Our class discussion today concerning the increase in household technology in the lives of housewives was very intriguing to me and made me think more profoundly about its implications. As we observed, despite the advancement of such appliances, women were still spending the same amount of, if not more, time on domestic tasks. While Cowan suggests that this a result of the technology replacing the chores of outdates servants, I view the matter in a different manner. I believe that women’s maternal instincts cause them to view housework as “never-ending.” To housewives, there is always something more that can be done to improve the quality of the household as well as the lives of her family members. Although a washing machine may reduce the amount of time necessary to dedicate to laundry, the typical housewife then immediately thinks of what else can be done; she now has time to make dessert for the night, clean the windows, or do some extra food shopping, all tasks that she didn’t have time for before.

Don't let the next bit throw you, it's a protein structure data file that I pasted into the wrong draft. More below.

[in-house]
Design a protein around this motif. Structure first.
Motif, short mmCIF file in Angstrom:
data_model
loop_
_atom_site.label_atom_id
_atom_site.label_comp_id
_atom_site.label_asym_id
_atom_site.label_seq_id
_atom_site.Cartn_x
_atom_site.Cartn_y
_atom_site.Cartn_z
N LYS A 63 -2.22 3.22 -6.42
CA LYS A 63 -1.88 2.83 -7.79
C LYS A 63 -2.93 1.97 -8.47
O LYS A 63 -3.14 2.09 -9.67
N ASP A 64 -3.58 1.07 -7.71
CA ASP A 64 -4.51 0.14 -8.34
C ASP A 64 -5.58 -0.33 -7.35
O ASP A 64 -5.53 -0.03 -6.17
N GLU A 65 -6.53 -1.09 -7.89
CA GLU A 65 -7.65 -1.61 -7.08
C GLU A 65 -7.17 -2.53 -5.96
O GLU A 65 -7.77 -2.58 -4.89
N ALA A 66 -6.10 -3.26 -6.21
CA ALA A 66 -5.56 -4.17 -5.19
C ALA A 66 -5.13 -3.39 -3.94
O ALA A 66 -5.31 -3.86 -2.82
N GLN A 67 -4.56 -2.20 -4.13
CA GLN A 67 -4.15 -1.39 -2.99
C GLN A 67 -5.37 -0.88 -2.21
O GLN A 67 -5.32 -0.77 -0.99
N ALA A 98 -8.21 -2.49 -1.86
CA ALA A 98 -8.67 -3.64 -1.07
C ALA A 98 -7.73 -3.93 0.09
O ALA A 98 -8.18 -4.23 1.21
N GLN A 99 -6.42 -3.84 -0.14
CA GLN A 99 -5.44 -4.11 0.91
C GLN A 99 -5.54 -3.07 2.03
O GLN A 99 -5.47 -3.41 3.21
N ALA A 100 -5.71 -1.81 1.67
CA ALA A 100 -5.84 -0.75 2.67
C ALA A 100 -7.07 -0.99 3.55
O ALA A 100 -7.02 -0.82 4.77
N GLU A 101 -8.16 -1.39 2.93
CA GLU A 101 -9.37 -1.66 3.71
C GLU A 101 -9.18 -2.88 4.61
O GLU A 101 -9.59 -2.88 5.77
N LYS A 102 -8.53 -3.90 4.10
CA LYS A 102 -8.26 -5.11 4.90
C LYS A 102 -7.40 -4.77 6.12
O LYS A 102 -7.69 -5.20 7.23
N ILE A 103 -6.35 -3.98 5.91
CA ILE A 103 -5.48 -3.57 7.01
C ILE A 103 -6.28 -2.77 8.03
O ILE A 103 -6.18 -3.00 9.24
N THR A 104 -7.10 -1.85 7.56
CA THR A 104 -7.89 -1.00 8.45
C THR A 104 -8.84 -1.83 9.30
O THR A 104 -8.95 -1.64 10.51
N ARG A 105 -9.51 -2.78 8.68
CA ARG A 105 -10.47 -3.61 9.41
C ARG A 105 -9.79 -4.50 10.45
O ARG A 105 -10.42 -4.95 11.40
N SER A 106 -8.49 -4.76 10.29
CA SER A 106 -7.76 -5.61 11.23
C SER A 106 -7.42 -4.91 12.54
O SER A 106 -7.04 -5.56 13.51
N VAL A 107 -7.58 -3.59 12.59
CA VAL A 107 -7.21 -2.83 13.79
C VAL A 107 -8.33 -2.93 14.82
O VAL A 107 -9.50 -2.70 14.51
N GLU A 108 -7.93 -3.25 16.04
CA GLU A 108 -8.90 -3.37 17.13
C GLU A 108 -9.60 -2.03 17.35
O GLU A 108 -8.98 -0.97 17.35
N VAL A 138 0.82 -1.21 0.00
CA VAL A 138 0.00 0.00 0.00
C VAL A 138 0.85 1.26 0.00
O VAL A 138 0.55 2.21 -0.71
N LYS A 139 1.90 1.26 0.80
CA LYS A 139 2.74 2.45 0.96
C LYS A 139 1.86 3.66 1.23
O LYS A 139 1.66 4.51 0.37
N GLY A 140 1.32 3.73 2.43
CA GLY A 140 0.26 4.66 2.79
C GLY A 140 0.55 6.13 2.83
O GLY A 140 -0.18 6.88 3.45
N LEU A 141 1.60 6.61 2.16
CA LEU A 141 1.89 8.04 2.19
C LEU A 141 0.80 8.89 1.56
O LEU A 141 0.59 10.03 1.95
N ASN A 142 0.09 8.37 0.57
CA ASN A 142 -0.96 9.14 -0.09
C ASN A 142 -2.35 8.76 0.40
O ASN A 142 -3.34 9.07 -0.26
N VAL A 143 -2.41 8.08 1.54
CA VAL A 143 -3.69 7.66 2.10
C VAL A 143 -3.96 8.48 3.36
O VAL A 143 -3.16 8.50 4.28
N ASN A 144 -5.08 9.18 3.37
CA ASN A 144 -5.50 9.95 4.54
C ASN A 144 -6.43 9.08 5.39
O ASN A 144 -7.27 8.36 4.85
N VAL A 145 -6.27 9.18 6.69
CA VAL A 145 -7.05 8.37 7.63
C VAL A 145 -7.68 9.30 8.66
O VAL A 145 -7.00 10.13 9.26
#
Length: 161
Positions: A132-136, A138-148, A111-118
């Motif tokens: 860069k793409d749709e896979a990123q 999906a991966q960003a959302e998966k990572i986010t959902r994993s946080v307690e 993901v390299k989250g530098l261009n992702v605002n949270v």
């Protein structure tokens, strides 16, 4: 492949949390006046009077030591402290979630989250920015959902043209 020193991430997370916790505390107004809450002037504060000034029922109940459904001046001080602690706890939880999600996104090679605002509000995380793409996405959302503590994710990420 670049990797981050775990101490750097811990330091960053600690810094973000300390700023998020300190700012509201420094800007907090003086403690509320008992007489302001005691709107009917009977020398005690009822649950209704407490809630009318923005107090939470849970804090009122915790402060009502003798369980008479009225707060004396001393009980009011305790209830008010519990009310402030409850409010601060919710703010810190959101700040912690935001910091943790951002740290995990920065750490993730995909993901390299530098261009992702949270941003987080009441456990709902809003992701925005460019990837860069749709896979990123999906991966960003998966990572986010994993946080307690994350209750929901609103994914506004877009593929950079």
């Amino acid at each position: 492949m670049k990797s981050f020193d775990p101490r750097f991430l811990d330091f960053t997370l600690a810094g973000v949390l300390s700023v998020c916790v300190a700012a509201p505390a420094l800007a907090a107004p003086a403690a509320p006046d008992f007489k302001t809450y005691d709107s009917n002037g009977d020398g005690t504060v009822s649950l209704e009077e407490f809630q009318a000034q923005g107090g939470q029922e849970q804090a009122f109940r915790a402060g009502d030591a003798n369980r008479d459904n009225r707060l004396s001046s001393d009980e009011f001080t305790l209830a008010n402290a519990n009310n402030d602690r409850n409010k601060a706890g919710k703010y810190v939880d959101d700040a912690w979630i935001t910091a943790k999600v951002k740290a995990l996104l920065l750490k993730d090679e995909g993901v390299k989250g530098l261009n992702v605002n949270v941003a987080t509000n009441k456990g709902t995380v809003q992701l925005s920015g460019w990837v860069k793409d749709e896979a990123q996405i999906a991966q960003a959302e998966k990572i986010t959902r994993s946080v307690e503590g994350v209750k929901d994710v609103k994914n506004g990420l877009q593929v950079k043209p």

I saw this in my own life a few years ago on Thanksgiving, after my mom had completely remodeled the kitchen, drastically improving the appliances and putting in two ovens instead of one. She claimed that the holiday cooking would be done in half the time. However, she spent more time in the kitchen that Thanksgiving than any other. Knowing she had two ovens, she made apple AND pumpkin pie so everyone would be happy. Now that her stovetop was larger, she could make mashed potatoes, sweet potatoes, AND turnips. Although the new appliances technically made her life simpler, they actually made her role as a housewife more complicated, as she was now even more well-equipped to meet everyone’s needs and keep everyone happy.